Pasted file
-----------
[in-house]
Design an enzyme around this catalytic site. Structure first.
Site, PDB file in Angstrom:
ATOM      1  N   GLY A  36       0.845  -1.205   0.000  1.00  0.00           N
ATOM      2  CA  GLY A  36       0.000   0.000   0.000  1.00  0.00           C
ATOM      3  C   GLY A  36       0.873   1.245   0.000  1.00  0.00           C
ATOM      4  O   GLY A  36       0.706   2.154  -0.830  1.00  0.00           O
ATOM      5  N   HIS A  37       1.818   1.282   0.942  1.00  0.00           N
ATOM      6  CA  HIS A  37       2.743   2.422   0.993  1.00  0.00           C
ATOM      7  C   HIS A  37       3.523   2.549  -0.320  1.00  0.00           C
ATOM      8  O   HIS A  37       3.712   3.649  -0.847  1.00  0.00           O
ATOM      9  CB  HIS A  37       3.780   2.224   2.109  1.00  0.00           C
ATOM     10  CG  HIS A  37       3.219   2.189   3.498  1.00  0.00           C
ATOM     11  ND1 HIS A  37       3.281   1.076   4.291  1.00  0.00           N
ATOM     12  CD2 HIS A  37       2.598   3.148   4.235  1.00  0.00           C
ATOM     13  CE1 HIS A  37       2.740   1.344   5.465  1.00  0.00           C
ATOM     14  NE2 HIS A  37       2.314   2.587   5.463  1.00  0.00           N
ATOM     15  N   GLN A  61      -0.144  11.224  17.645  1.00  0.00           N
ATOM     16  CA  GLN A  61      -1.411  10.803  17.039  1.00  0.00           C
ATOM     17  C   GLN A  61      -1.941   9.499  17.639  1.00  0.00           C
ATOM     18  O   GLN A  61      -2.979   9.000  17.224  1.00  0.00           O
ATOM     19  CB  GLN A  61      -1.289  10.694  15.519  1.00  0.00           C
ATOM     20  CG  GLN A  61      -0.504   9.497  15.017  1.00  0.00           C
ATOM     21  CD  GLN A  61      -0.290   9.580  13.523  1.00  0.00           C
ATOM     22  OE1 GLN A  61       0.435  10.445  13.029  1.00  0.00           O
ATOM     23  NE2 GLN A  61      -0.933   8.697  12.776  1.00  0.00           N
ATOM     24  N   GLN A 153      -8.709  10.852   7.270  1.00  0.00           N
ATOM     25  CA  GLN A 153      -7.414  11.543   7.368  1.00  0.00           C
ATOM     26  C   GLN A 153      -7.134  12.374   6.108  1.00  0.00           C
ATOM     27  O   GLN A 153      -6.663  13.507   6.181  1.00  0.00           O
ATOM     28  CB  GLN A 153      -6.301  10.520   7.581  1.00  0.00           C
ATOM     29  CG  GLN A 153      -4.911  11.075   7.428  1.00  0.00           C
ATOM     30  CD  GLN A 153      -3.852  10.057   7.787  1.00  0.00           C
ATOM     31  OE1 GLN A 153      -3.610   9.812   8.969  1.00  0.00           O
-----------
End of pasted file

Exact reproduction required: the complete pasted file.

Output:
[in-house]
Design an enzyme around this catalytic site. Structure first.
Site, PDB file in Angstrom:
ATOM      1  N   GLY A  36       0.845  -1.205   0.000  1.00  0.00           N
ATOM      2  CA  GLY A  36       0.000   0.000   0.000  1.00  0.00           C
ATOM      3  C   GLY A  36       0.873   1.245   0.000  1.00  0.00           C
ATOM      4  O   GLY A  36       0.706   2.154  -0.830  1.00  0.00           O
ATOM      5  N   HIS A  37       1.818   1.282   0.942  1.00  0.00           N
ATOM      6  CA  HIS A  37       2.743   2.422   0.993  1.00  0.00           C
ATOM      7  C   HIS A  37       3.523   2.549  -0.320  1.00  0.00           C
ATOM      8  O   HIS A  37       3.712   3.649  -0.847  1.00  0.00           O
ATOM      9  CB  HIS A  37       3.780   2.224   2.109  1.00  0.00           C
ATOM     10  CG  HIS A  37       3.219   2.189   3.498  1.00  0.00           C
ATOM     11  ND1 HIS A  37       3.281   1.076   4.291  1.00  0.00           N
ATOM     12  CD2 HIS A  37       2.598   3.148   4.235  1.00  0.00           C
ATOM     13  CE1 HIS A  37       2.740   1.344   5.465  1.00  0.00           C
ATOM     14  NE2 HIS A  37       2.314   2.587   5.463  1.00  0.00           N
ATOM     15  N   GLN A  61      -0.144  11.224  17.645  1.00  0.00           N
ATOM     16  CA  GLN A  61      -1.411  10.803  17.039  1.00  0.00           C
ATOM     17  C   GLN A  61      -1.941   9.499  17.639  1.00  0.00           C
ATOM     18  O   GLN A  61      -2.979   9.000  17.224  1.00  0.00           O
ATOM     19  CB  GLN A  61      -1.289  10.694  15.519  1.00  0.00           C
ATOM     20  CG  GLN A  61      -0.504   9.497  15.017  1.00  0.00           C
ATOM     21  CD  GLN A  61      -0.290   9.580  13.523  1.00  0.00           C
ATOM     22  OE1 GLN A  61       0.435  10.445  13.029  1.00  0.00           O
ATOM     23  NE2 GLN A  61      -0.933   8.697  12.776  1.00  0.00           N
ATOM     24  N   GLN A 153      -8.709  10.852   7.270  1.00  0.00           N
ATOM     25  CA  GLN A 153      -7.414  11.543   7.368  1.00  0.00           C
ATOM     26  C   GLN A 153      -7.134  12.374   6.108  1.00  0.00           C
ATOM     27  O   GLN A 153      -6.663  13.507   6.181  1.00  0.00           O
ATOM     28  CB  GLN A 153      -6.301  10.520   7.581  1.00  0.00           C
ATOM     29  CG  GLN A 153      -4.911  11.075   7.428  1.00  0.00           C
ATOM     30  CD  GLN A 153      -3.852  10.057   7.787  1.00  0.00           C
ATOM     31  OE1 GLN A 153      -3.610   9.812   8.969  1.00  0.00           O